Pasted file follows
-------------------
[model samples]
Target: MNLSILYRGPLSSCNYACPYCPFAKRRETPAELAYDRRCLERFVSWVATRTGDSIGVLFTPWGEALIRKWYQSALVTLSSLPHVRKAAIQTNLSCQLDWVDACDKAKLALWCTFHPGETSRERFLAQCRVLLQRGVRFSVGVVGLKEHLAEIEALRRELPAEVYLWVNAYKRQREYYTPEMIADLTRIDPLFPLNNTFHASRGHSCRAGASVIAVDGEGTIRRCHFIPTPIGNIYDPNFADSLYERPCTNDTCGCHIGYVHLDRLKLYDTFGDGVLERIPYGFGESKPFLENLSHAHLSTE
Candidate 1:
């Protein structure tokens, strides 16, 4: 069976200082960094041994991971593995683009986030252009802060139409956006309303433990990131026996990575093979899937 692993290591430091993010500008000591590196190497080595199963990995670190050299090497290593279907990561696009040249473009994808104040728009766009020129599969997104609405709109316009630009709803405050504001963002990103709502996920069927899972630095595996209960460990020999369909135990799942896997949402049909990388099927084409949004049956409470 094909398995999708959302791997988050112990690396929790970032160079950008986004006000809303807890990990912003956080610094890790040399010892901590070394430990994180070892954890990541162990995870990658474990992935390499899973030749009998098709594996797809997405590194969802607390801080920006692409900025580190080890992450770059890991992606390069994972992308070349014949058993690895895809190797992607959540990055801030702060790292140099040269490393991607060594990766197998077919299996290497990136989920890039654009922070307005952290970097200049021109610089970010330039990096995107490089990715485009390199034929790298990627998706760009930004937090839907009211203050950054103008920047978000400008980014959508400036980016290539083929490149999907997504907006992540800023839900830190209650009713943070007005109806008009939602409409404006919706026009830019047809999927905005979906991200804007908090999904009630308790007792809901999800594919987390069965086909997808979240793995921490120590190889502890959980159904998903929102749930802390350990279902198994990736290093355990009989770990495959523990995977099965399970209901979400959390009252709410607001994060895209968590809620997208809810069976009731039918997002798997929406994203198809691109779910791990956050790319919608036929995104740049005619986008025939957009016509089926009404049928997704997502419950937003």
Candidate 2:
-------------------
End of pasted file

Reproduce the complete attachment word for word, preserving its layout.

[model samples]
Target: MNLSILYRGPLSSCNYACPYCPFAKRRETPAELAYDRRCLERFVSWVATRTGDSIGVLFTPWGEALIRKWYQSALVTLSSLPHVRKAAIQTNLSCQLDWVDACDKAKLALWCTFHPGETSRERFLAQCRVLLQRGVRFSVGVVGLKEHLAEIEALRRELPAEVYLWVNAYKRQREYYTPEMIADLTRIDPLFPLNNTFHASRGHSCRAGASVIAVDGEGTIRRCHFIPTPIGNIYDPNFADSLYERPCTNDTCGCHIGYVHLDRLKLYDTFGDGVLERIPYGFGESKPFLENLSHAHLSTE
Candidate 1:
């Protein structure tokens, strides 16, 4: 069976200082960094041994991971593995683009986030252009802060139409956006309303433990990131026996990575093979899937 692993290591430091993010500008000591590196190497080595199963990995670190050299090497290593279907990561696009040249473009994808104040728009766009020129599969997104609405709109316009630009709803405050504001963002990103709502996920069927899972630095595996209960460990020999369909135990799942896997949402049909990388099927084409949004049956409470 094909398995999708959302791997988050112990690396929790970032160079950008986004006000809303807890990990912003956080610094890790040399010892901590070394430990994180070892954890990541162990995870990658474990992935390499899973030749009998098709594996797809997405590194969802607390801080920006692409900025580190080890992450770059890991992606390069994972992308070349014949058993690895895809190797992607959540990055801030702060790292140099040269490393991607060594990766197998077919299996290497990136989920890039654009922070307005952290970097200049021109610089970010330039990096995107490089990715485009390199034929790298990627998706760009930004937090839907009211203050950054103008920047978000400008980014959508400036980016290539083929490149999907997504907006992540800023839900830190209650009713943070007005109806008009939602409409404006919706026009830019047809999927905005979906991200804007908090999904009630308790007792809901999800594919987390069965086909997808979240793995921490120590190889502890959980159904998903929102749930802390350990279902198994990736290093355990009989770990495959523990995977099965399970209901979400959390009252709410607001994060895209968590809620997208809810069976009731039918997002798997929406994203198809691109779910791990956050790319919608036929995104740049005619986008025939957009016509089926009404049928997704997502419950937003």
Candidate 2: